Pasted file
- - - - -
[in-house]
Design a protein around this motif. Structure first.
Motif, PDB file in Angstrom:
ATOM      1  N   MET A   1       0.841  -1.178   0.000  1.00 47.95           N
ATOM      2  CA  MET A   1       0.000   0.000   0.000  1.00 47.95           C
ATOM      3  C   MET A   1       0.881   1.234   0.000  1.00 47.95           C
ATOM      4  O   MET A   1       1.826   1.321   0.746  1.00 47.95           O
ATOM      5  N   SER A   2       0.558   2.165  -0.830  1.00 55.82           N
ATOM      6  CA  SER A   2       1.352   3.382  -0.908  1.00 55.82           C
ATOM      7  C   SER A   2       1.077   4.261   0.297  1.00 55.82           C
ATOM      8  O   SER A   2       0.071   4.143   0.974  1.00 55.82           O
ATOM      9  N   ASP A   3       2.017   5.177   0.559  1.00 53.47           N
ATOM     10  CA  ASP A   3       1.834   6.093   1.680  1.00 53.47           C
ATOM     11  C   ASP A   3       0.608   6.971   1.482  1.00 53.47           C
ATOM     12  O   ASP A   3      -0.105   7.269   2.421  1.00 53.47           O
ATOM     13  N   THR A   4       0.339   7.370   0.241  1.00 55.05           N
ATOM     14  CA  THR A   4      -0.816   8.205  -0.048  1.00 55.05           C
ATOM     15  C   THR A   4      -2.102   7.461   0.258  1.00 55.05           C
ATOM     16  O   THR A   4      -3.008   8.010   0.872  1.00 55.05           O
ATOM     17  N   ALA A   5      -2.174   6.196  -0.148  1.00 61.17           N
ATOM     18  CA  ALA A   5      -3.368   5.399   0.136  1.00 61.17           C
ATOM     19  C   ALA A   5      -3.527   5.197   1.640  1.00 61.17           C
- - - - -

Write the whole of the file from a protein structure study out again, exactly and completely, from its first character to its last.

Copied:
[in-house]
Design a protein around this motif. Structure first.
Motif, PDB file in Angstrom:
ATOM      1  N   MET A   1       0.841  -1.178   0.000  1.00 47.95           N
ATOM      2  CA  MET A   1       0.000   0.000   0.000  1.00 47.95           C
ATOM      3  C   MET A   1       0.881   1.234   0.000  1.00 47.95           C
ATOM      4  O   MET A   1       1.826   1.321   0.746  1.00 47.95           O
ATOM      5  N   SER A   2       0.558   2.165  -0.830  1.00 55.82           N
ATOM      6  CA  SER A   2       1.352   3.382  -0.908  1.00 55.82           C
ATOM      7  C   SER A   2       1.077   4.261   0.297  1.00 55.82           C
ATOM      8  O   SER A   2       0.071   4.143   0.974  1.00 55.82           O
ATOM      9  N   ASP A   3       2.017   5.177   0.559  1.00 53.47           N
ATOM     10  CA  ASP A   3       1.834   6.093   1.680  1.00 53.47           C
ATOM     11  C   ASP A   3       0.608   6.971   1.482  1.00 53.47           C
ATOM     12  O   ASP A   3      -0.105   7.269   2.421  1.00 53.47           O
ATOM     13  N   THR A   4       0.339   7.370   0.241  1.00 55.05           N
ATOM     14  CA  THR A   4      -0.816   8.205  -0.048  1.00 55.05           C
ATOM     15  C   THR A   4      -2.102   7.461   0.258  1.00 55.05           C
ATOM     16  O   THR A   4      -3.008   8.010   0.872  1.00 55.05           O
ATOM     17  N   ALA A   5      -2.174   6.196  -0.148  1.00 61.17           N
ATOM     18  CA  ALA A   5      -3.368   5.399   0.136  1.00 61.17           C
ATOM     19  C   ALA A   5      -3.527   5.197   1.640  1.00 61.17           C